Biological Water — Water is also within the cells and structures of plants and animals. It is clearly important to us but represents an exceptionally small percentage of Earth’s total water (0.0001%).

Deep-Interior Waters — An unknown, but perhaps very large amount of water is chemically bound in minerals of the crust and mantle. Some scientists think Earth’s interior may contain more water than the oceans.

These bar graphs show estimates of the distribution of water on Earth’s surface and the uppermost levels of the crust. The left bar shows that the oceans contain 96.5% of Earth’s total free water (water that is not bound up in minerals), but this water is saline. Only 3.5% of Earth’s water is fresh. These graphs do not include water in Earth’s atmosphere or deep interior.

Where Does Water Occur on the Planet?

The middle bar shows that most of Earth’s fresh water occurs in ice caps and glaciers. Almost all the rest is groundwater. Less than 1% occurs as liquid surface water in lakes, swamps, and streams.

The right bar shows where Earth’s small percentage of fresh, liquid, surface water resides. Most is in lakes, followed by swamps and streams.

How Does Water Move from One Setting to Another?

Water is in constant circulation on Earth’s surface, moving from ocean to atmosphere, from atmosphere back to the surface, and in and out of the subsurface. The circulation of water from one part of this water system to another, whether above or below Earth’s surface, is called the hydrologic cycle. From the perspective of living things, the hydrologic cycle is the critical system on Earth. It involves a number of important and mostly familiar processes. It is driven by energy from the Sun.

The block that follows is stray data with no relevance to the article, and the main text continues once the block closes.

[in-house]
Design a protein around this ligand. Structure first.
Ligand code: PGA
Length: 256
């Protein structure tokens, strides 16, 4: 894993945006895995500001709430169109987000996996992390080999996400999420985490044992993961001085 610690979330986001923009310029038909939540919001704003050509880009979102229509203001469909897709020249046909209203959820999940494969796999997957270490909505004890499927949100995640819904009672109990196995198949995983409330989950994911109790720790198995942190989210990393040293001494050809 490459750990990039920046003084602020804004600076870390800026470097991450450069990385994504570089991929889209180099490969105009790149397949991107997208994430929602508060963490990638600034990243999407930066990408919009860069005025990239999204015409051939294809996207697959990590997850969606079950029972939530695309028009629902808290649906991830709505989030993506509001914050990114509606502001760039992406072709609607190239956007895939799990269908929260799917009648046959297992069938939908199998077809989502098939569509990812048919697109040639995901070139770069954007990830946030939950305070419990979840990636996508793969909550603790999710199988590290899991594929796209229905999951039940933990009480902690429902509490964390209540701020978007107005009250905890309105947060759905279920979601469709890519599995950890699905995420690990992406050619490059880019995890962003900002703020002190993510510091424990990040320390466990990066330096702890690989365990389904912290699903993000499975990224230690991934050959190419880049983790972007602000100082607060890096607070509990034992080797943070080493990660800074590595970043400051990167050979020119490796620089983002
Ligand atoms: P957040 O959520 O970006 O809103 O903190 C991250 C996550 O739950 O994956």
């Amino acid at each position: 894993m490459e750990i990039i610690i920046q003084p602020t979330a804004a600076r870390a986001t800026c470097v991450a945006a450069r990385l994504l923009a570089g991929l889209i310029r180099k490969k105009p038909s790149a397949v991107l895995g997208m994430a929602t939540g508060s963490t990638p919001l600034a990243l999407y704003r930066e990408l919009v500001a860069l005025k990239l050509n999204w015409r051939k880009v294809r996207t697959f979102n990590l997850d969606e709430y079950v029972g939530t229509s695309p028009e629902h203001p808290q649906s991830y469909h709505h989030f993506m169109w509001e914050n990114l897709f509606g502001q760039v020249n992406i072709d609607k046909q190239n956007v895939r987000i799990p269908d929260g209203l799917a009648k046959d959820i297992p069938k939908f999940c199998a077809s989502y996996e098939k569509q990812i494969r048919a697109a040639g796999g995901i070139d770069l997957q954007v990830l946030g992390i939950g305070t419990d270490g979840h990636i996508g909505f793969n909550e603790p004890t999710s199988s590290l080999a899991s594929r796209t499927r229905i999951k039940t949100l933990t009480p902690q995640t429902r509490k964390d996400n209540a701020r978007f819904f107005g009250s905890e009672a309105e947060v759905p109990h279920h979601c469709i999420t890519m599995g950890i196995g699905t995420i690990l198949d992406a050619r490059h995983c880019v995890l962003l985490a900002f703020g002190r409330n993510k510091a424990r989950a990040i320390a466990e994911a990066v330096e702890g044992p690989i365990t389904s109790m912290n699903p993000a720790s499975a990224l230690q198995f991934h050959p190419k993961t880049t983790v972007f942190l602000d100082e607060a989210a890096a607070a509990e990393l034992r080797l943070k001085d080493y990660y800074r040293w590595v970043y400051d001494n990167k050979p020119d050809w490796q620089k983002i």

Evaporation — As water is heated by the Sun, some of its molecules become energized enough to break free of the attractive forces binding them together. Once free, they rise into the atmosphere as water vapor.

Condensation — As water vapor cools, as when it rises, it condenses into a liquid or turns directly into a solid (ice, hail, or snow in deposition). These water drops and ice crystals then collect and form clouds.